Reserve Bank of Australia Annual Report – 1978 Banking, Issue and Other Functions

Banking Operations

In its capacity as banker to the Commonwealth Government, and the governments of four of the states and the Northern Territory, the Bank processed approximately 95 million cheques during the year, about 3 per cent fewer than in the previous twelve months. The majority of cheques drawn on the Bank are for regular welfare payments by the Commonwealth Government. The main factor in the further decrease in the volume of cheques processed was a reduction in the number of Medibank cheques issued on the Reserve Bank during the year.

The Bank continues to maintain a close liaison with the Department of Finance, other government departments and the banking industry to promote efficiency in government payments. During the year, all savings banks agreed to accept from the Department of Social Security fortnightly pension payments for direct credit to accounts. This extended previous arrangements whereby such payments could be made direct to a cheque account with a trading bank, or to a building society or credit union. Under these arrangements, some 269,000 payments each fortnight, representing about 15 per cent of total pension payments, are being made direct to accounts with banks and other financial institutions.

Over recent years, the Bank has also participated in the development and introduction of arrangements designed to improve the flow of payments and reduce the volume of cheques through the banking system. The Bank has joined other banks in adopting a reciprocal system for exchanging “amount encoded paper” between individual participating banks for direct processing through their computer systems. As a result, manual handling and the incidence of error in cheque processing have been reduced. In 1977/78, 28 per cent of the volume of the Bank's paper received from other banks was “amount encoded”, while the Bank encoded 56 per cent of the volume of other banks' cheques exchanged by it.

The Bank undertakes domestic loan raising and debt servicing operations for the Commonwealth Government through the inscribed stock registries which it conducts, on the government's behalf, at each of its branches. Functions include the management of cash and conversion loans, issues of Australian Savings Bonds and Treasury notes, and the servicing of accounts for inscribed stockholders. The latter numbered about 148,000 at 30 June 1978, an increase of 10,100 since 30 June 1977. The face value of Commonwealth government securities managed by the Bank increased from $18.9 billion at 30 June 1977 to $20.3 billion at 30 June 1978. This figure included Australian Savings Bonds $2.3 billion; Special Bonds $0.6 billion; Treasury bills $1.5 billion; Treasury notes $0.4 billion; and other Commonwealth government securities $15.5 billion.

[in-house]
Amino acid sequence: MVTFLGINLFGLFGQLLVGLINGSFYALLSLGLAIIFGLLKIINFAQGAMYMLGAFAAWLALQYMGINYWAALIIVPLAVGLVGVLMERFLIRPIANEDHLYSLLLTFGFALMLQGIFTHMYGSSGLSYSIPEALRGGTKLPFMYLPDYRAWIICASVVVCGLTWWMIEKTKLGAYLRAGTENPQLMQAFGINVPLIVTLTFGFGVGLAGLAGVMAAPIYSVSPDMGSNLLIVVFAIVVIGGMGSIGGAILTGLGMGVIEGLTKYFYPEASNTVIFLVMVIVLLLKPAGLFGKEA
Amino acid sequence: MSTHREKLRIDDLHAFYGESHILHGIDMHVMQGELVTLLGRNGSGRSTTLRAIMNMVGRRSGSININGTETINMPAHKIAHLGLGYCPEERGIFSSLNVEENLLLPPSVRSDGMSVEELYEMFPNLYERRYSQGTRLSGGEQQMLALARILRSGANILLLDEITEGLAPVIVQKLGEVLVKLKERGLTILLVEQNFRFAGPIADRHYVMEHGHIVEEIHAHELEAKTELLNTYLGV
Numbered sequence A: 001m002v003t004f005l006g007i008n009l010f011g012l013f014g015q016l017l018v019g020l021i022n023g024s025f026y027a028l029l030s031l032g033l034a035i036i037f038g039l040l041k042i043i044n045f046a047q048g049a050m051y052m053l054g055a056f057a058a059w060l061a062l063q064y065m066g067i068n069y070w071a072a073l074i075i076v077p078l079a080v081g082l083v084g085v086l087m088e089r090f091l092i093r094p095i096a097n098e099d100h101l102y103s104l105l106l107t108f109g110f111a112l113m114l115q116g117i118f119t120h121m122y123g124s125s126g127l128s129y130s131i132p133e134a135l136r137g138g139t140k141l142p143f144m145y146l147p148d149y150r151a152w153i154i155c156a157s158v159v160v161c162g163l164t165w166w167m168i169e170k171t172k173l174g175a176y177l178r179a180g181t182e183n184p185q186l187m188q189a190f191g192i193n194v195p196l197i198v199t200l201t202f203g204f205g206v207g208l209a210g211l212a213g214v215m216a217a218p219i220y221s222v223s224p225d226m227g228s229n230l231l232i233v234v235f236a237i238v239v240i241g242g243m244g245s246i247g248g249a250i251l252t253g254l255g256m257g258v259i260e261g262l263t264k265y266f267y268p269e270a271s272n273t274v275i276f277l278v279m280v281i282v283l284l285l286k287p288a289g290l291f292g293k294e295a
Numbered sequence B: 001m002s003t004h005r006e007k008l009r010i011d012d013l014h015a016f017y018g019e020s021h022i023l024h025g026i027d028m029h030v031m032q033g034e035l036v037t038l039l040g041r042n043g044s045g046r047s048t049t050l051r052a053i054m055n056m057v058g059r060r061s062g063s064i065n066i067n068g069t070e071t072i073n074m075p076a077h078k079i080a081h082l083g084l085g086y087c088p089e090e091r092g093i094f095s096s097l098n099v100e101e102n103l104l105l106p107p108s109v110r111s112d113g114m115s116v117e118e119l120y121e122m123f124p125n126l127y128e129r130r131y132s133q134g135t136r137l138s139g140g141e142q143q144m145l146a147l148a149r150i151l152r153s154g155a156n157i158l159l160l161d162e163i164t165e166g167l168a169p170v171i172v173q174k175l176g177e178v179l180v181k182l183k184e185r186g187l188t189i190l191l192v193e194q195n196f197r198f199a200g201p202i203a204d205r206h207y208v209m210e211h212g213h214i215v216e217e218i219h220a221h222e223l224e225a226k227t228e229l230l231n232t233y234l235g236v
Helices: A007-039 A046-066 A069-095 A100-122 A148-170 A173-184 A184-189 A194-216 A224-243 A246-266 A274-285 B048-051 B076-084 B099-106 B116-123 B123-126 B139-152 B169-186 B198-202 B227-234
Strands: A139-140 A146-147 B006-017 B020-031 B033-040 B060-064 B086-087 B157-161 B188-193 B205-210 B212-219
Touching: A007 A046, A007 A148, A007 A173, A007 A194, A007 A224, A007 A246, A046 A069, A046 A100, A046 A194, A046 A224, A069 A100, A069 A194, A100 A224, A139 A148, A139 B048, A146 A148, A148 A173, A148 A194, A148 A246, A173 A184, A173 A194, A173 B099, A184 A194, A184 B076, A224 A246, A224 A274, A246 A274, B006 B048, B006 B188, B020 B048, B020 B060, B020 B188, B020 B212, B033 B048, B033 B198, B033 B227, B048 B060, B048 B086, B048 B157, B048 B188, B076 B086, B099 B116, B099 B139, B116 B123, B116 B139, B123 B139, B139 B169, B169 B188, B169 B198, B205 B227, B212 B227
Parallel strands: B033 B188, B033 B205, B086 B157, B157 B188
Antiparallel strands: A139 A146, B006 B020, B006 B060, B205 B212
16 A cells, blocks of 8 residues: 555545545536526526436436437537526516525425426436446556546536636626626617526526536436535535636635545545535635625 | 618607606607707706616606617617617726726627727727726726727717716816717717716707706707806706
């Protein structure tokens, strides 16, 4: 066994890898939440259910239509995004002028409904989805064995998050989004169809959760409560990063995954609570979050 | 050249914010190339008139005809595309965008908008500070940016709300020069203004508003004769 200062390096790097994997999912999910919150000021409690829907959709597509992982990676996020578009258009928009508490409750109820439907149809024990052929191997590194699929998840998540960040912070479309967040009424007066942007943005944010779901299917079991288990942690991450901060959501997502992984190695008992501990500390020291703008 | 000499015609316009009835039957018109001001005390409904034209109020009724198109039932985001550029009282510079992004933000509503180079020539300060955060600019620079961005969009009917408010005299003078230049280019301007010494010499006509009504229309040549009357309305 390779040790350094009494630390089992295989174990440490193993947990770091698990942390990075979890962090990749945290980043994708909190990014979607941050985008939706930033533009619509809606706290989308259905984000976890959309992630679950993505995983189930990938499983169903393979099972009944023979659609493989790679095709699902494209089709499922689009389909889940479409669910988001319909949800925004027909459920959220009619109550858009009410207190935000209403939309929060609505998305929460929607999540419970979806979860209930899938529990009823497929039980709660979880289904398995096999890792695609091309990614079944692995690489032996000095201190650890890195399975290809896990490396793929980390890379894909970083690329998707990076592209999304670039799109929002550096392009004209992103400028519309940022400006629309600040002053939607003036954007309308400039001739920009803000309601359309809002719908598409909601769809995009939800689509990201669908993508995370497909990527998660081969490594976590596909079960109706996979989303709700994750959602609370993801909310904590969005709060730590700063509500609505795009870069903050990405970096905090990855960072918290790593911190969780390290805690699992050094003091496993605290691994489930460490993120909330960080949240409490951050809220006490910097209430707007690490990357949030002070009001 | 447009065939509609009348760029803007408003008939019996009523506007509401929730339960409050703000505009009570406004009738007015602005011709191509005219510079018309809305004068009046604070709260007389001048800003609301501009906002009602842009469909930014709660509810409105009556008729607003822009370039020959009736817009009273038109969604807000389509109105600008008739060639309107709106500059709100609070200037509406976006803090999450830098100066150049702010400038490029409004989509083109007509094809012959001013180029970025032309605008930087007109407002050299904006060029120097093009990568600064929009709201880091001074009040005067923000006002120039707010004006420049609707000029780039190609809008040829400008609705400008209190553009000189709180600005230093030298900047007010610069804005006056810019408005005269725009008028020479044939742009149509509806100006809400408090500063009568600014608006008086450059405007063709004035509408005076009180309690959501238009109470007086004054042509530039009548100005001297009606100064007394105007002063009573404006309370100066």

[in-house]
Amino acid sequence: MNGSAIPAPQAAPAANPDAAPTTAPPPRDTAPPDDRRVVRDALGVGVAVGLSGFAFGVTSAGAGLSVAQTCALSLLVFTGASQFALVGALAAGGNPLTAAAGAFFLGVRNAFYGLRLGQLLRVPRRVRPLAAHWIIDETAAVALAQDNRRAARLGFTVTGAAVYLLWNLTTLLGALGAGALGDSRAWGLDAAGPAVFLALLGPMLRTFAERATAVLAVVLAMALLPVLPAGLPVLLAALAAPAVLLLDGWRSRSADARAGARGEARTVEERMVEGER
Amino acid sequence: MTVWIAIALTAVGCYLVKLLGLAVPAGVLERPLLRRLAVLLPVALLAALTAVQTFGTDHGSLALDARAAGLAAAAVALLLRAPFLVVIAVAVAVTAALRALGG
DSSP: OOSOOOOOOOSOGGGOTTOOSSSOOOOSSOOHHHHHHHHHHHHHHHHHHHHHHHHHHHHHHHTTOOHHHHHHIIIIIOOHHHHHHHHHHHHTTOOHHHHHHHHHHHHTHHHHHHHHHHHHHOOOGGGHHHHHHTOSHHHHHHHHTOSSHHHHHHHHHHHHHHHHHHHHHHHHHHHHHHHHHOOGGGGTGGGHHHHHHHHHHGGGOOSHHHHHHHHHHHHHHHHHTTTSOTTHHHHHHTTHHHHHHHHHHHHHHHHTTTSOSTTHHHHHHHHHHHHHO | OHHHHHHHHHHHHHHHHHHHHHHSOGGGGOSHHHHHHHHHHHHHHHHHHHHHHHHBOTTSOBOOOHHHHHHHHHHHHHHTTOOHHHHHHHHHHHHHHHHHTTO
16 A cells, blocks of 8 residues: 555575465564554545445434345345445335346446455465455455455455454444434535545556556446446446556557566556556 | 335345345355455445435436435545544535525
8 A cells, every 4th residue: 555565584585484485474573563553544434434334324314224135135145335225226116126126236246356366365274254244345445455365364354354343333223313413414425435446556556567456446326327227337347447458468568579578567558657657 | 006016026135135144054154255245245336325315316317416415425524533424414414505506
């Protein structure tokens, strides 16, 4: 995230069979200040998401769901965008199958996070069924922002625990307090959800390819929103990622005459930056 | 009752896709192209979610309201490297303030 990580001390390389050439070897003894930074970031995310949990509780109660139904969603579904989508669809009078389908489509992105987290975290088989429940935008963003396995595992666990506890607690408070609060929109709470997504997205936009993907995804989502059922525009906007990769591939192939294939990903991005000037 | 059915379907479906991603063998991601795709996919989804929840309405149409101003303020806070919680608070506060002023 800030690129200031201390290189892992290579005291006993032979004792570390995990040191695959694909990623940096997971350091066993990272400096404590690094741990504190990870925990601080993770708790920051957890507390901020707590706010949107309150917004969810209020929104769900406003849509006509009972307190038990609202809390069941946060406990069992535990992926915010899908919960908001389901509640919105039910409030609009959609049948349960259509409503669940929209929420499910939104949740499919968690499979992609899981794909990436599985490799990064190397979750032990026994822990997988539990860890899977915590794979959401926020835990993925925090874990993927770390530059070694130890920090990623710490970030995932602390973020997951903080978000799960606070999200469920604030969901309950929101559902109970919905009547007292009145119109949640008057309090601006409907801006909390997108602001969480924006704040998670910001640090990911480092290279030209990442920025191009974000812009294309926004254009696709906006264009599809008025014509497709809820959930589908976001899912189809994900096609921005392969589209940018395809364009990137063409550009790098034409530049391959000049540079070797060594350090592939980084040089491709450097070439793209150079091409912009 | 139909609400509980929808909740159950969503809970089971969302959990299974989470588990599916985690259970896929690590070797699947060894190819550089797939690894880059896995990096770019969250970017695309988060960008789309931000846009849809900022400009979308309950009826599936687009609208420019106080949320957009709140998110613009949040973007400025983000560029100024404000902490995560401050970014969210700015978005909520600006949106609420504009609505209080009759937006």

The Bank conducts a register of Income Equalization Deposits on behalf of the Australian Taxation Office. Over 1977/78, deposits of $44 million and withdrawals of $14 million were processed through these accounts. At 30 June 1978, 8,500 deposit accounts, with aggregate balances of $67 million, were current.

Note Issue

The Note Issue Department of the Bank printed 362 million Australian notes in 1977/78, about 6 per cent more than in the previous year. The great bulk of production was required to replace notes withdrawn from circulation. The remainder of production went to meet the community's increased demand for notes, and into reserve stocks. The proportion of the total value of notes on issue represented by $50 notes has been increasing steadily since the note was first issued in October 1973; the proportions of all other denominations have fallen.

Some 844 million other items of security printing, mainly postage stamps, were also produced in 1977/78.

The Bank has continued to work closely with the commercial banks in the development of arrangements for security and efficiency in handling the increasingly large flows of notes within the banking system necessary to meet the demands of the community.

Rural Credits

At 30 June 1978, outstanding advances of the Rural Credits Department of the Bank totalled $479 million (of which advances to marketing boards accounted for $387 million, and to co-operatives $92 million) compared with $568 million a year earlier. Advances fluctuated less than in 1976/77, and the average level was considerably higher. From a low of $381 million in October 1977, advances rose to a peak of $819 million in February 1978.

Finance for the marketing of wheat was again the major influence on lending. The average level of advances for wheat was substantially higher than in the previous year, reflecting concurrent debts during part of the year on two wheat pool advances. Advances for dairy produce, rice, barley, cotton and most other commodities were also higher; lending for canned fruit was marginally lower. As a proportion of the average level of advances, finance for wheat and other grains represented 73 per cent of the total, and dairy produce 14 per cent.

Research Grants

Half of the net profits of the Rural Credits Department is, in terms of the Reserve Bank Act, transferred each year to the Rural Credits Development Fund. During 1977/78, grants totalling $1.3 million were approved from the Fund for projects aimed at promoting primary production. A Research Fellowship and a Senior Research Fellowship in Agriculture were also awarded. The grants and fellowships were awarded after obtaining advice from a committee drawn from universities and other organisations.

In 1977/78, the Bank approved grants totalling $102,000 from its Economic and Financial Research Fund for post-graduate research on economic and financial topics relevant to the Australian economy. A Professorial Fellowship and a Fellowship in Economic Policy were also awarded.